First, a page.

Andrew Hunter shares love of Lawren Harris with top comedian
Scaling the peaks with Steve Martin
Once upon a climb, early in his curatorial career, Andrew Hunter found himself on the stairwell of the Art Gallery of Hamilton, staging a deliberately repugnant exhibition he called the “Punk and Cootie Show,” an examination of punk.
(The punch-and-judy wordplay was a glimpse into the mischievous intelligence that often characterizes his approach.)
Here was a young art aspirant given a chance, as part of the AGH’s Stairwell Project, to make an impression.
So what did he do? Among other things, featured a lifesize, pants-down punk-puppet going to the toilet (actual toilet), on the stairwell. It was 1993.
He’s higher up now, the air thinner, in Lawren Harris’s mountains, hanging the legendary Group of Seven painter’s works at the Art Gallery of Ontario, where he’s Canadian art curator. Actually, he’s the Frederick S. Eaton curator, Canadian Art, AGO.
He smiles at his official title. “My daughter calls me Fred.”
If he’s figuratively hanging Harris, then Steve Martin — yes, that one — is steadying the ladder, or maybe the other way around.
Recently, Andrew and Steve sat facing each other on a stage at the AGO, volleying bon mots and art wisdom for a press preview of “The Idea of North: The Paintings of Lawren Harris,” curated by Steve Martin (runs to Sept. 19).
No small thing, to play wits with Steve Martin — comedy innovator, actor, musician, author, art lover. Andrew, east end Hamilton boy, was utterly poised.
Perhaps his comfort level came from spending much time with Steve Martin the last few years. Andrew got a phone call, in the midst of preparing for the AGO’s 2014 Alex Colville show. From Los Angeles’s Hammer Museum. They’d convinced Steve to take his passion for Lawren Harris public, in a curated exhibition.
“He was averse at first,” says Andrew. “‘That’s for the experts,’” he said. “’I’m no curator.’” Maybe not, but he has the authority of a tasteful eye, a true feel.
Still, no one should scale these heights alone. Andrew, who’s been everything from curator at the Vancouver Art Gallery to a driving force behind the anti-hierarchical DodoLab guerrilla art project, was asked to collaborate.
They met. “He showed up on a bicycle,” Andrew tells me. “We spent the afternoon together, talking about Harris. There was a click.”
More meetings, Los Angeles, Saskatchewan, where they travelled together to look at a Harris collection there.
“He wanted to see everything,” says Andrew.
After the Los Angeles show, versions of it were mounted elsewhere in United States; the Museum of Fine Arts in Boston, for instance.
The ongoing “Idea of North” project has culminated with its repatriation, so to speak, at the AGO.
“He (Steve Martin) had been appreciating art long before he was a star,” says Andrew. When he was beating around the campus stand-up circuit he’d visit galleries. “His was an education just by looking,” says Andrew. “Not academic, but incredibly perceptive.”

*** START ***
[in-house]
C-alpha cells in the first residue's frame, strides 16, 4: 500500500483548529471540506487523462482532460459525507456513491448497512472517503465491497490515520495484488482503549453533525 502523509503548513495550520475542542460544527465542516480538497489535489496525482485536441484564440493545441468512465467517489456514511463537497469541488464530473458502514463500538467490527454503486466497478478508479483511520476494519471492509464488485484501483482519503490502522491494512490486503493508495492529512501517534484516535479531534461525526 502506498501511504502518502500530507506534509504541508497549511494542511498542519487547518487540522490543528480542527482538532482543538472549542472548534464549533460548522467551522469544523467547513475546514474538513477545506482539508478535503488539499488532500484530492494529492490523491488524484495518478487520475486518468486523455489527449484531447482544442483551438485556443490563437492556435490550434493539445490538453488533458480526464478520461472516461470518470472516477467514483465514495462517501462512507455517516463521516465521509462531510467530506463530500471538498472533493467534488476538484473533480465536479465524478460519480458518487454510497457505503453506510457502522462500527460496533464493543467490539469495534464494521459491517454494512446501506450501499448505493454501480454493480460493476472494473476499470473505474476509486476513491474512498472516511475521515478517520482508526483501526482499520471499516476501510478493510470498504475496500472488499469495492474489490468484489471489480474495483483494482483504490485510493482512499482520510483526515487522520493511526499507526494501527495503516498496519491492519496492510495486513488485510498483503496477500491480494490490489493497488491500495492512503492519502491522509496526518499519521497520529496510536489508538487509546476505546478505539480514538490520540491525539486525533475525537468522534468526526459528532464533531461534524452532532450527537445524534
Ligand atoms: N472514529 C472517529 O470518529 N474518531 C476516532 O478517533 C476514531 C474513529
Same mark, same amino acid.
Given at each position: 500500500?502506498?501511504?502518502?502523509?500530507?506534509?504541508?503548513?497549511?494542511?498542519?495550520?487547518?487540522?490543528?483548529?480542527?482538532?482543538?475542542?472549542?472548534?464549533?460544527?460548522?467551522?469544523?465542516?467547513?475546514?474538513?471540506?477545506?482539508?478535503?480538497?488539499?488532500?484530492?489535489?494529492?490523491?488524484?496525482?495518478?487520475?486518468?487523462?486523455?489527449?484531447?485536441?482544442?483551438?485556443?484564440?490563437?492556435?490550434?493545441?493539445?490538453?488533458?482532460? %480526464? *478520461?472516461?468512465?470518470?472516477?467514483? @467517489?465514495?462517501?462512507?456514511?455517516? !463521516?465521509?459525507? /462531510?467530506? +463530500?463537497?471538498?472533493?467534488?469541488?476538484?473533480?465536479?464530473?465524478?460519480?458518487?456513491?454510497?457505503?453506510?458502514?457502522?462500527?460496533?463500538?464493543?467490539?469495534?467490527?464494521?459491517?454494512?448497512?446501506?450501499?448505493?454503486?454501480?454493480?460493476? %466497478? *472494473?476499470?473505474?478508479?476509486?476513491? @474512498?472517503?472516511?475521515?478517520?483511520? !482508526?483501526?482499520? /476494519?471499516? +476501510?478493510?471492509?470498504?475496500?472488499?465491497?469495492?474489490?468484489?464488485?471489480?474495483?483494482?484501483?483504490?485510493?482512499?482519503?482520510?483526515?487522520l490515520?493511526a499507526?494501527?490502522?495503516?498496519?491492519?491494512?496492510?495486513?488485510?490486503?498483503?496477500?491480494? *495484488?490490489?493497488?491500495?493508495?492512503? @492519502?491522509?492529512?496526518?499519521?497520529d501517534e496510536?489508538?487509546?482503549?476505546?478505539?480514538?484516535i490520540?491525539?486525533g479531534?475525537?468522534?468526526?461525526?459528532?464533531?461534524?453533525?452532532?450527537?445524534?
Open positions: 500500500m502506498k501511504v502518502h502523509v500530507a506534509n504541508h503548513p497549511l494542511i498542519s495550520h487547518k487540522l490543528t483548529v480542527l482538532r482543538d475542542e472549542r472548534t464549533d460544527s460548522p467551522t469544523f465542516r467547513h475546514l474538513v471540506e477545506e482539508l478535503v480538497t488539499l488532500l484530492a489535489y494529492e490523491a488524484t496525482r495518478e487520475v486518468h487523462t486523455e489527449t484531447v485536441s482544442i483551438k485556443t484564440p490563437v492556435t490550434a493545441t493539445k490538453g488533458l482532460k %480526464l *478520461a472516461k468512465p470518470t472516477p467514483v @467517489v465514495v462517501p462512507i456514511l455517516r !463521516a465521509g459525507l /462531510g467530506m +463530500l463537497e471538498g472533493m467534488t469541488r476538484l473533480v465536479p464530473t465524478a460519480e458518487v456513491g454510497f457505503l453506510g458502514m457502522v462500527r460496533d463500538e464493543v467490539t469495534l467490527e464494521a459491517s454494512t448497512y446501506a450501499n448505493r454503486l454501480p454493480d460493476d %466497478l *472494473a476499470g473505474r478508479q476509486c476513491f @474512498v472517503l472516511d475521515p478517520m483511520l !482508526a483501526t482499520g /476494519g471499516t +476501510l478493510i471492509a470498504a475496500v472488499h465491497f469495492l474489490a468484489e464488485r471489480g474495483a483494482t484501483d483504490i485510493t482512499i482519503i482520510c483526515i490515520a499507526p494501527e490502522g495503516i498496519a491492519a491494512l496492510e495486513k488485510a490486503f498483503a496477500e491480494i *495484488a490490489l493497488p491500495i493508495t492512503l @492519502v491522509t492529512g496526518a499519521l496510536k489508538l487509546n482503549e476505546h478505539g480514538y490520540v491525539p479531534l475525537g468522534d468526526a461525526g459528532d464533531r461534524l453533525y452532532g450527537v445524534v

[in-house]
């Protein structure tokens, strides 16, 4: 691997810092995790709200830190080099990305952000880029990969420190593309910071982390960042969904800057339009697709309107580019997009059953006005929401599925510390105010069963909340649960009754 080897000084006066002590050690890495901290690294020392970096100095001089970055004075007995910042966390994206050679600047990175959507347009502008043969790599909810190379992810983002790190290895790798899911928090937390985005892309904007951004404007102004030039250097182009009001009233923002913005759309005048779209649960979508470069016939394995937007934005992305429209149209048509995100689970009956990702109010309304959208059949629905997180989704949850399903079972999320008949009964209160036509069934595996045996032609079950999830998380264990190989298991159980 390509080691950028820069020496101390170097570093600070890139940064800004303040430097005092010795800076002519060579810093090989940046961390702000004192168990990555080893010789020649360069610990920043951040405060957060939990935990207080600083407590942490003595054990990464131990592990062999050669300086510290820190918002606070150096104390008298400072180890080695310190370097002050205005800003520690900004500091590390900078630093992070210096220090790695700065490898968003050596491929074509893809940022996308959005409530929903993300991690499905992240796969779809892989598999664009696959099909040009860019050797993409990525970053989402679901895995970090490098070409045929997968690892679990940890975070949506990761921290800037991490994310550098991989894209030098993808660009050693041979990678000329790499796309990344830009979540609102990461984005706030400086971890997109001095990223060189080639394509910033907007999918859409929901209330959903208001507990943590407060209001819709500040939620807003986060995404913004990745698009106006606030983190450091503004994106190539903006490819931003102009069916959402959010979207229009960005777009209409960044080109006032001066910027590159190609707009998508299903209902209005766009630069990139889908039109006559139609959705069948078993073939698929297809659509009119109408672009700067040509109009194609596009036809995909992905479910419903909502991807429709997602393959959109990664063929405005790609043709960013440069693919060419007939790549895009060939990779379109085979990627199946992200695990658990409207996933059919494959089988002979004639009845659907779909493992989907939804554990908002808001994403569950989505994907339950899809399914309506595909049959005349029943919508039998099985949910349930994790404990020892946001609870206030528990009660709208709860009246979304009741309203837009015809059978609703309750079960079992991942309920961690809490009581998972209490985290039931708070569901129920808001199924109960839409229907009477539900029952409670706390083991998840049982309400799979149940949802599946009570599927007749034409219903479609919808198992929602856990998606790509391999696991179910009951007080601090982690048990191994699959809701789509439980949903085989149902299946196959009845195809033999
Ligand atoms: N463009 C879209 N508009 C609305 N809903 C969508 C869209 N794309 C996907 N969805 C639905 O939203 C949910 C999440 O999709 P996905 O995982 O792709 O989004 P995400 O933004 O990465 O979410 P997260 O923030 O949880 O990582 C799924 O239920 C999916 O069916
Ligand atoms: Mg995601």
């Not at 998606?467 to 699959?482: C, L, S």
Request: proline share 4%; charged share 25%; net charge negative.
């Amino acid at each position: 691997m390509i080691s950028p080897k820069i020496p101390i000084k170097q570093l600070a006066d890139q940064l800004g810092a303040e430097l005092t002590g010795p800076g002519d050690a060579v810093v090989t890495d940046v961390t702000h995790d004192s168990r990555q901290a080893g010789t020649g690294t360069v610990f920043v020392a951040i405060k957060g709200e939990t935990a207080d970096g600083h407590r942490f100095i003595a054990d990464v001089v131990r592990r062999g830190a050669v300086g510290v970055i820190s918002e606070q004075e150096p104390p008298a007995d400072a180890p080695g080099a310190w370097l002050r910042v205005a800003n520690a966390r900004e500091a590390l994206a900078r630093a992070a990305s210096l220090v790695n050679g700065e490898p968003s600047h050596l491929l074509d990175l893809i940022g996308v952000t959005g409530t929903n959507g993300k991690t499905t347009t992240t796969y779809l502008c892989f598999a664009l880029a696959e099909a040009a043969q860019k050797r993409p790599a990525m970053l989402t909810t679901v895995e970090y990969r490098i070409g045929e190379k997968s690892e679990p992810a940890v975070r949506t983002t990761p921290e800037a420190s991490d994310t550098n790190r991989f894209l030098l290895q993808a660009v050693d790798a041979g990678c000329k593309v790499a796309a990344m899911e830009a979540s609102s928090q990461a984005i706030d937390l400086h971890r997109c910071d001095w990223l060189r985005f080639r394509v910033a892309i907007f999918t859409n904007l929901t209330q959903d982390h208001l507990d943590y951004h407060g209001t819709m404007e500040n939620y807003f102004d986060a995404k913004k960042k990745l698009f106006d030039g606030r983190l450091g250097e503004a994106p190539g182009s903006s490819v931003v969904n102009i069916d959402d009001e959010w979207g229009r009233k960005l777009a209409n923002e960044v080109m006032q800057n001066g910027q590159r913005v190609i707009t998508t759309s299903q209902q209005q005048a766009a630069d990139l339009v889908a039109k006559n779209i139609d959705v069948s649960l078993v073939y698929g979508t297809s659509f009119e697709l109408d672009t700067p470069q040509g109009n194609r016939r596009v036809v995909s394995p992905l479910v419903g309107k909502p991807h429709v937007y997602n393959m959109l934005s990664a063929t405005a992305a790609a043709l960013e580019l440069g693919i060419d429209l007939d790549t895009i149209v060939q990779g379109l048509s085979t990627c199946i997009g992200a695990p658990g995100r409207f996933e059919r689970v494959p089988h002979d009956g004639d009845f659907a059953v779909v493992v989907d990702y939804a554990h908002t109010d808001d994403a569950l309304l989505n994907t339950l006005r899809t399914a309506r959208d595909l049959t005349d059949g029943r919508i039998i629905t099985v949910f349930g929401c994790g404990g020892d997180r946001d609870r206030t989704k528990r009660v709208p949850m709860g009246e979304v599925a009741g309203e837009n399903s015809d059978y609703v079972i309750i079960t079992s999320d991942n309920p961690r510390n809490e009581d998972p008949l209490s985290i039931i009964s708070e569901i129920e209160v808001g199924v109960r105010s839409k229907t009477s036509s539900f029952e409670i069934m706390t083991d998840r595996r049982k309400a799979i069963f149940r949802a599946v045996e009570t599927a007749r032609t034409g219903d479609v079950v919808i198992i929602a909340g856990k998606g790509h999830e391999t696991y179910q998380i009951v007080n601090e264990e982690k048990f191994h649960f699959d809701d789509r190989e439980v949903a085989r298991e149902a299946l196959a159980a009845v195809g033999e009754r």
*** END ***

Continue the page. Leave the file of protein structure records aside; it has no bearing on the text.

His first interest, early American tromp l’oeil, evolved into a curiosity about early 20th-century modernists like Edward Hopper, then abstract expressionism. When he encountered Harris, as a precursor to abstraction, he was dumbstruck. Harris, though historic here, was largely unknown in the U.S. Steve felt he’d discovered someone new.
Like Andrew, he came to art through working class roots. Steve grew up in Waco, Texas, son of a real estate salesman; Andrew in east Hamilton (Rosslyn Avenue), his father a tool and dye maker, his mom a nurse at the General, both U.K. immigrants who picked up and came here after the Second World War. They sent all four children through university; in Andrew’s case not until he’d worked as a steeplejack, home painter, janitor.
“This city has always fuelled my thinking,” he says.
He’s continued to live in Hamilton in his role at the AGO. He spends much time here “just walking around. Something about this place gets my brain going.”
His work with groups like DodoLab, which he co-founded, often addressed deinstitutionalizing art (often from within institutions), re-integrating it with community, through collaboration, accessibility, diversity, bridging high and low, serious and comic.
Hence his interest in everything from Harris to Steve Martin to the punk movement, which in its infancy in Canada found a hospitably soiled cradle in industrial Hamilton.
His progressive approach, opening up the frame, and his passion for indigenous art, attracted Matthew Teitelbaum, who when he was AGO director hired Andrew.
It’s the beautiful paradox of art that it gets at the high through the low and vice versa, the mountaintop through the toilet.
It’s a theme through the Steve Martin/ Lawren Harris experience.
Harris’s quasi-abstract mountains are austere, informed by a radical purity. Yet they have a warm, comic side.
They’re snow, rock and ice, full of hard idea, but also creamy, sensual, ironic, like Steve Martin in his perfect white suit, dangerously new and abstract yet humbly vaudevillian.
Then there’s Andrew Hunter, with his ivory tower resumé, who’s been to parties at David Hockney’s canyon house in L.A and has kicked through the broken glass of Hamilton’s industrial daydream, perhaps a long-remembered Teenage Head song throbbing in his head.
Just your everyday, next door AGO Canadian art curator.
Andrew Hunter. Neighbour
Steve Martin, left, participated in a Q&A with co-curator Andrew Hunter of the AGO.